Noretta and John Leech applauding Janina together with Lady Weidenfeld
Janina tells me that she had once played the Tchaikowsky Concerto to Rubinstein and he had complained about her moving too much.
She was determined to prove to him that she could play it without the movements too and immediately got his point.
A simplicity in which all the feeling and colour are within the notes themselves without the need to bend or distort the rhythmic impulse on which the music relies.
Rubato of course but within the the tight limits that the composer implies.
A beautiful Impromptu by Germaine Tailleferre opened the truly French half of the concert and was the ideal introduction to the Fourth Nocturne in E flat by Faure.
It was this nocturne that Janina had played so beautifully on the In Tune presentation the day before on the radio.
The subtlety and delicacy of her sound world was even more magical in this performance.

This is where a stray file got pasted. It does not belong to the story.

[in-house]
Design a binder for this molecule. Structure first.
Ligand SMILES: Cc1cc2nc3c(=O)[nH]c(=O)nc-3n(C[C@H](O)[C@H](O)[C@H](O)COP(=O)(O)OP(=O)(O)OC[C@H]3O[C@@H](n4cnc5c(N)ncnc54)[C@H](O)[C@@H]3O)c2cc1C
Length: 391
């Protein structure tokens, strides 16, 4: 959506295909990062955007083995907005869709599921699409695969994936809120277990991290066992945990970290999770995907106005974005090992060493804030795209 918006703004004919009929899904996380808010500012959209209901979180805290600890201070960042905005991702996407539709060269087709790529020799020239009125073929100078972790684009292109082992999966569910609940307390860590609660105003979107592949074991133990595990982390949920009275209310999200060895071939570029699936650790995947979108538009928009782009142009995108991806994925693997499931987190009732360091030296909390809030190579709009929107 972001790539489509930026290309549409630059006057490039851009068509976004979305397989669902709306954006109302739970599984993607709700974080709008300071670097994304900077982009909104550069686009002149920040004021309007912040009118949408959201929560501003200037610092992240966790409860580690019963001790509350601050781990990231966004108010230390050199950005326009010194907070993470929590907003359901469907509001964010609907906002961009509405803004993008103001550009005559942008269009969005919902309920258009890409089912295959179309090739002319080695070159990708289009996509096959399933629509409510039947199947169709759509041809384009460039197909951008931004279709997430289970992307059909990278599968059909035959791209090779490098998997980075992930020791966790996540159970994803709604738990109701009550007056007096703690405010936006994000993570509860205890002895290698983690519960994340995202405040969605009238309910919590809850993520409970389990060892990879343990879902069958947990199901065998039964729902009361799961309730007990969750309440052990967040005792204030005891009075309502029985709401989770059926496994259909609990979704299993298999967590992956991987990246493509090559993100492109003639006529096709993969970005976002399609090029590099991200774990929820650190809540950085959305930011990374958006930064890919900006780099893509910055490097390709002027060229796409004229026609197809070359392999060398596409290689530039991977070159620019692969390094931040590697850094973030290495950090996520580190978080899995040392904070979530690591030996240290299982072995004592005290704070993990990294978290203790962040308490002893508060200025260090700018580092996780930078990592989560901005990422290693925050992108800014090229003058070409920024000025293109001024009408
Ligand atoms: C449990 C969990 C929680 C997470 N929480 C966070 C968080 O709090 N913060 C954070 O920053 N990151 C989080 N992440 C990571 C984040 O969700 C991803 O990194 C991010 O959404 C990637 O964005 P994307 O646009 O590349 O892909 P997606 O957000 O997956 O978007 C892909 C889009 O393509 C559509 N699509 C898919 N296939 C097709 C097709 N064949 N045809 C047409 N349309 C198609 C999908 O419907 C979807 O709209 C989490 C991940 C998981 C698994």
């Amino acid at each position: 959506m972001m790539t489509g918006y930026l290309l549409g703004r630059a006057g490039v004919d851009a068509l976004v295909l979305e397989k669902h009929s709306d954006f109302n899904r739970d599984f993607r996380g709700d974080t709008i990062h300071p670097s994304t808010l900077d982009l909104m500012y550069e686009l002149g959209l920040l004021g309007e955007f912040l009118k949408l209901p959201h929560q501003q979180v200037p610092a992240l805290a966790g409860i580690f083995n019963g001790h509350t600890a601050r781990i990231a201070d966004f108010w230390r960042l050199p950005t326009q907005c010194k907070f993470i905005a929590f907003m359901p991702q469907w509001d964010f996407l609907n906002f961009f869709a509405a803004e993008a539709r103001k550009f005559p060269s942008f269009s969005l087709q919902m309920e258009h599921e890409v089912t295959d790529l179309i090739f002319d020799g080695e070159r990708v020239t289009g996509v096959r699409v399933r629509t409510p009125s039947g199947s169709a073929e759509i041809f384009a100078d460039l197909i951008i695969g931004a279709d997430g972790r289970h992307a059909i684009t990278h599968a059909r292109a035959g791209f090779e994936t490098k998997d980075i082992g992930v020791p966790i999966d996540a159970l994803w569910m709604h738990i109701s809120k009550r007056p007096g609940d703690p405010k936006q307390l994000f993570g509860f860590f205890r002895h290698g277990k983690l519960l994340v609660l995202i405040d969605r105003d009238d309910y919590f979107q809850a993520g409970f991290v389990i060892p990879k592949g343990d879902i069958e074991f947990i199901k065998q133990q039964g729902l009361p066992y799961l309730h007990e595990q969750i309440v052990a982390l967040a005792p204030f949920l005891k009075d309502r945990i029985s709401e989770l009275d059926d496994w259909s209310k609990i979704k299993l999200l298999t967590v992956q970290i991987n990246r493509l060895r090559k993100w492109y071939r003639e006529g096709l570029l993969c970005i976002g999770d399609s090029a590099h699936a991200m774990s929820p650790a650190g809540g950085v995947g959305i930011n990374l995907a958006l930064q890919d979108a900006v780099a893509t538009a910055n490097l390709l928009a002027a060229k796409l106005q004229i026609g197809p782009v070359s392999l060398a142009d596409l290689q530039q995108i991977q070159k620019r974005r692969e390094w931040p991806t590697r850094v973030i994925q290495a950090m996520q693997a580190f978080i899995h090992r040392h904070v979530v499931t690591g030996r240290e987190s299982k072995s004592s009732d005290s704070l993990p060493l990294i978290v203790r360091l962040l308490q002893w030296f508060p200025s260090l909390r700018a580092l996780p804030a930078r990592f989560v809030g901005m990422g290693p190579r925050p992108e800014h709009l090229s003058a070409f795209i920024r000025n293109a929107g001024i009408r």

The extreme aristocratic elegance was exactly what Vlado Perlemuter had asked me to tell his audience in Rome when he played some nocturnes, the very ones that Faure had sent down to him to try out in the house they shared together when Perlemuter was still a student.
The sheer washes of sound and forward movement in the Debussy Reflets dans l’Eau was played with an extraordinary sense of colour and the final two split chords were quite magically played.
The sounds from the bass in “Les sons et les parfums tournent dans l’air du soir“ opened the piano up to give a palate of quite ravishing colours.
The architectural shape combined with a subtle sense of timing in which the rests became of such impassioned importance to the forward movement of the first movement of Ravel’s Sonatine.
The refined sense of line in the menuet built up to a fullness of sound that found its outlet in the Anime of inexorable urgency that followed.